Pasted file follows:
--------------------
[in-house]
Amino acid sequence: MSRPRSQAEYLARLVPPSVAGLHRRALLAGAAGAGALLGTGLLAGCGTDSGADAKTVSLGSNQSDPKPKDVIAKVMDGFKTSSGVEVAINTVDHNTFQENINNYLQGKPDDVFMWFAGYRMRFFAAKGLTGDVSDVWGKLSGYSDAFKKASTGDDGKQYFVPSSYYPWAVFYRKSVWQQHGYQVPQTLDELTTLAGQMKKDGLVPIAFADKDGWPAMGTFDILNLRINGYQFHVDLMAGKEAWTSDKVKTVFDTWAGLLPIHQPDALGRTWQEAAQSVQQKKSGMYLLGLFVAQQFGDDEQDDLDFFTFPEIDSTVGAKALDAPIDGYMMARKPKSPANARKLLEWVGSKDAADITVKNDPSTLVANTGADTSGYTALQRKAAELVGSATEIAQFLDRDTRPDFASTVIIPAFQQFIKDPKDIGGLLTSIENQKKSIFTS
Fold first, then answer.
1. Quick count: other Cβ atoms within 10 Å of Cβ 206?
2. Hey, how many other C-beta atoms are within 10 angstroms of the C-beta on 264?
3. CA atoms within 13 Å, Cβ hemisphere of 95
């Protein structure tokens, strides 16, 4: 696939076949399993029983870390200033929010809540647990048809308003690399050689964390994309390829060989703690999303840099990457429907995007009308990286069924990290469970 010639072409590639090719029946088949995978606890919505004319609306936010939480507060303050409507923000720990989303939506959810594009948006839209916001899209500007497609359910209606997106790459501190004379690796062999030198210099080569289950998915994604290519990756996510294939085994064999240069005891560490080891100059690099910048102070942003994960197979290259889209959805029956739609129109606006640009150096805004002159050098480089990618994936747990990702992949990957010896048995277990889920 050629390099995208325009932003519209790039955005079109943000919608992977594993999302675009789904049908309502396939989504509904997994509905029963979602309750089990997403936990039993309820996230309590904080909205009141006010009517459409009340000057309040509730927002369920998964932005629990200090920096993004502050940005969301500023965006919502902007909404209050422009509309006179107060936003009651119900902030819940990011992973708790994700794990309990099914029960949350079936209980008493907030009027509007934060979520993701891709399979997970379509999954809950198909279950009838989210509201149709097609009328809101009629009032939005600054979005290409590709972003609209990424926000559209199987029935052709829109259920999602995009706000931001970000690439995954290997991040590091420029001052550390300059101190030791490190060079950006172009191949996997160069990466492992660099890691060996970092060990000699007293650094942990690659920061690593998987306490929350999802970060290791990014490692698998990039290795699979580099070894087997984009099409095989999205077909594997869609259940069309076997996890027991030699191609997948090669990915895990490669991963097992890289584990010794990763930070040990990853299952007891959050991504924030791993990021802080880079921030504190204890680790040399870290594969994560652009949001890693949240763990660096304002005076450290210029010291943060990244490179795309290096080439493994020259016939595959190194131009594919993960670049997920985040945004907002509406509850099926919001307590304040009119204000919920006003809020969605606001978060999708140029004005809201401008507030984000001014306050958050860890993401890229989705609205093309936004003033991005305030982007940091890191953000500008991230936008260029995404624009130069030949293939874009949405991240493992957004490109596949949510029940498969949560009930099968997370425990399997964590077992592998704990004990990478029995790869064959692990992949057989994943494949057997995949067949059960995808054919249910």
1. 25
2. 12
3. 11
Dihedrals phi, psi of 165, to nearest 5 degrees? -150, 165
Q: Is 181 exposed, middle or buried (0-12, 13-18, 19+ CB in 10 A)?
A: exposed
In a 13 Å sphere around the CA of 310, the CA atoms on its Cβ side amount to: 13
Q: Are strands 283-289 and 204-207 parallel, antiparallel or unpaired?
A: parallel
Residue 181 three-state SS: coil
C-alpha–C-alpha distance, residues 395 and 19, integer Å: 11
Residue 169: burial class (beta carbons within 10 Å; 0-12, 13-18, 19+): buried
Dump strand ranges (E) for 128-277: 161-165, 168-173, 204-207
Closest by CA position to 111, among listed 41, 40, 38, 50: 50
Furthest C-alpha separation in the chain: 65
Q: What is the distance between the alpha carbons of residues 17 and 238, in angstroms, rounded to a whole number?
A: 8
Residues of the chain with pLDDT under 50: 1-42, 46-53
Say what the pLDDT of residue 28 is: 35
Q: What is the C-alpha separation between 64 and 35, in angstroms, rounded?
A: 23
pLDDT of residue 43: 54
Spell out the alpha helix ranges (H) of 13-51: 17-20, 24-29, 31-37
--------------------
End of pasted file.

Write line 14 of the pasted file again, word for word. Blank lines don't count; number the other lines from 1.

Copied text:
In a 13 Å sphere around the CA of 310, the CA atoms on its Cβ side amount to: 13